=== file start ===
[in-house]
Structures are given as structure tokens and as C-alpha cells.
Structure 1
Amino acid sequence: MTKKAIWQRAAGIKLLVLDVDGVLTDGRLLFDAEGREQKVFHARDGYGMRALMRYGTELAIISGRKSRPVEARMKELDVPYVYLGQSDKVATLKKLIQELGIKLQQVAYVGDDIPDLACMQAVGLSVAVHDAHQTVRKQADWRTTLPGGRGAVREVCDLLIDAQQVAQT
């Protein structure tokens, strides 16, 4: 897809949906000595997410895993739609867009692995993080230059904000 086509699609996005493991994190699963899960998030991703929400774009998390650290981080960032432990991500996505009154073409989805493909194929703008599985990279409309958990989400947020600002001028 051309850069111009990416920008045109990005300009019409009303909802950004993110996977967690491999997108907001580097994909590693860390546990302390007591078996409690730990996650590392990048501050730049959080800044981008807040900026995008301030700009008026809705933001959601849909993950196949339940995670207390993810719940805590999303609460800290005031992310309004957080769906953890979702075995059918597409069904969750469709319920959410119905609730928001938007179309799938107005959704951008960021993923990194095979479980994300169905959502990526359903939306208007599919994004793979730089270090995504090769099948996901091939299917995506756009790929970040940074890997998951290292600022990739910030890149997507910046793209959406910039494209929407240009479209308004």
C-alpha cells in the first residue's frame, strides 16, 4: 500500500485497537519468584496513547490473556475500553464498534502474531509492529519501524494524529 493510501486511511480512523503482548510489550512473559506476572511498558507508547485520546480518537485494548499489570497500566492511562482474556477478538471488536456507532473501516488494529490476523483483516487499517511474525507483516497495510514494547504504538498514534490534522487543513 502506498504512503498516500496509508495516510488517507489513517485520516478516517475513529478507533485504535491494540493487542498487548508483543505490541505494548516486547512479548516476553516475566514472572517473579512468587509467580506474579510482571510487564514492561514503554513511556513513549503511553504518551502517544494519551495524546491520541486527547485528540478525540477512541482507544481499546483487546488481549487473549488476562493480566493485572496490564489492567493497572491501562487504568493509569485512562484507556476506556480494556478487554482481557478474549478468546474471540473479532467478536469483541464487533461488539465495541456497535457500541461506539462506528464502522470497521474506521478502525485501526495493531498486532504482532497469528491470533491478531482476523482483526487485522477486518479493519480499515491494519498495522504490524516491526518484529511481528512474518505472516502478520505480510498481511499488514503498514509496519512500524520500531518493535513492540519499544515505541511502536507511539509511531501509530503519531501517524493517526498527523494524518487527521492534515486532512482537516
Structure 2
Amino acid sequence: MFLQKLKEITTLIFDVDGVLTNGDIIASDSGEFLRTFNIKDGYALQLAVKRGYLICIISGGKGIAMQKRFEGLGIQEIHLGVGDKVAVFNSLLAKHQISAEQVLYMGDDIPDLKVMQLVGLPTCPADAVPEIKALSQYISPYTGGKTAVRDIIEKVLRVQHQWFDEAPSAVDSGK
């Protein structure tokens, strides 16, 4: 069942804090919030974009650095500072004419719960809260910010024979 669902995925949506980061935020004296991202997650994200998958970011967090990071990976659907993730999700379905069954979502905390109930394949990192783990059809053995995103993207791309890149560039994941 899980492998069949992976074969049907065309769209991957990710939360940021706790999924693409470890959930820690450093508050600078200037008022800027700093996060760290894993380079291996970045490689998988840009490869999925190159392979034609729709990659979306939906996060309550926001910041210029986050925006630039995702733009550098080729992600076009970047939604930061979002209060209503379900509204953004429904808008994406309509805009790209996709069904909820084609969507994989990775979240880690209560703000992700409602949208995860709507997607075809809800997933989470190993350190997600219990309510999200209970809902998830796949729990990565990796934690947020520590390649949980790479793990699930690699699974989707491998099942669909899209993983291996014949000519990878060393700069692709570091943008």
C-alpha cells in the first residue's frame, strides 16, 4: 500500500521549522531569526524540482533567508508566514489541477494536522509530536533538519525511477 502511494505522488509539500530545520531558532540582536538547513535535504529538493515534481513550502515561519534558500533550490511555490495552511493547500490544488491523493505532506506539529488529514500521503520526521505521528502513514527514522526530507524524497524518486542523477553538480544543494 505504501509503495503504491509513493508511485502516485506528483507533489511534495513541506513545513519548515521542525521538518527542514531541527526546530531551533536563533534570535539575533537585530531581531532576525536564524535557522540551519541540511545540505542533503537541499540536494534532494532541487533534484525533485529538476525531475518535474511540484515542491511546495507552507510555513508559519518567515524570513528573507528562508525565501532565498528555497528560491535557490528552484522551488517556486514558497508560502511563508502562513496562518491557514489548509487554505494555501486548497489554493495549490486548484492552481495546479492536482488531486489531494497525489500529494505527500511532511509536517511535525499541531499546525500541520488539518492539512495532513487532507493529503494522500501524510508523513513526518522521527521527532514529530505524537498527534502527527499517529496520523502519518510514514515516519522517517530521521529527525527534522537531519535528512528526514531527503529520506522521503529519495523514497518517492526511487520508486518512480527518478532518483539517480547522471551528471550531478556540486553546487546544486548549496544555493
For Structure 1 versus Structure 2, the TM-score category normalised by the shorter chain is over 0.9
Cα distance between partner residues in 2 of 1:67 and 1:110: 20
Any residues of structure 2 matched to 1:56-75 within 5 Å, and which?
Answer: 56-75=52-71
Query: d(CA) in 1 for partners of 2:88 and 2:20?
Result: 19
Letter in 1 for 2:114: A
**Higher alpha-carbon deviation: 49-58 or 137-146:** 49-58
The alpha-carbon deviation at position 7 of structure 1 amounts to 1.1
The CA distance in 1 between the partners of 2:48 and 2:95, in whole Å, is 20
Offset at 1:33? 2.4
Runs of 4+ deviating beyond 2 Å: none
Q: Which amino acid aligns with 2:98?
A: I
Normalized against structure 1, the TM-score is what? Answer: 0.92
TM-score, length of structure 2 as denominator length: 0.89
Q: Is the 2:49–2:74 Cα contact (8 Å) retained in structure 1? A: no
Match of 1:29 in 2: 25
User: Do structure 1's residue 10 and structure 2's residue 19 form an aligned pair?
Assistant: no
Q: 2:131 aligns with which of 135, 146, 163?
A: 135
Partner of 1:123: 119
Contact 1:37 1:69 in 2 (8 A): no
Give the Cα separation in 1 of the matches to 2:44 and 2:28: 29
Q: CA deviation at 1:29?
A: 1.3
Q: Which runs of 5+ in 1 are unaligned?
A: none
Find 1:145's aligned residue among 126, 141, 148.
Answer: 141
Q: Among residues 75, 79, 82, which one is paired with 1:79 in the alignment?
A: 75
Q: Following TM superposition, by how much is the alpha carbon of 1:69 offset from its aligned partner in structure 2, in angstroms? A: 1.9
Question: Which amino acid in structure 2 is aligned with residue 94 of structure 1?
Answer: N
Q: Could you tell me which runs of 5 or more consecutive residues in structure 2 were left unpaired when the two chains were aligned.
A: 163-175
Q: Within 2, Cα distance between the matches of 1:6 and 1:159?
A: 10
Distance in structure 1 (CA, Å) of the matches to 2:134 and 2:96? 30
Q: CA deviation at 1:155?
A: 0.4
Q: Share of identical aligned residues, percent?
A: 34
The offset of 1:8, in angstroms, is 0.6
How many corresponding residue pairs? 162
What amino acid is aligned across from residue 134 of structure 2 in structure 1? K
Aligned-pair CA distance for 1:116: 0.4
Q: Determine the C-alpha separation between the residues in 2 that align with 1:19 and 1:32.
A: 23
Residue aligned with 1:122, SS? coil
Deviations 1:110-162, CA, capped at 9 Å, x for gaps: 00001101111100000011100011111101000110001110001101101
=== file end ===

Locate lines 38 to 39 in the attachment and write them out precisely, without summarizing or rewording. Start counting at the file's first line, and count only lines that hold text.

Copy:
Q: Which runs of 5+ in 1 are unaligned?
A: none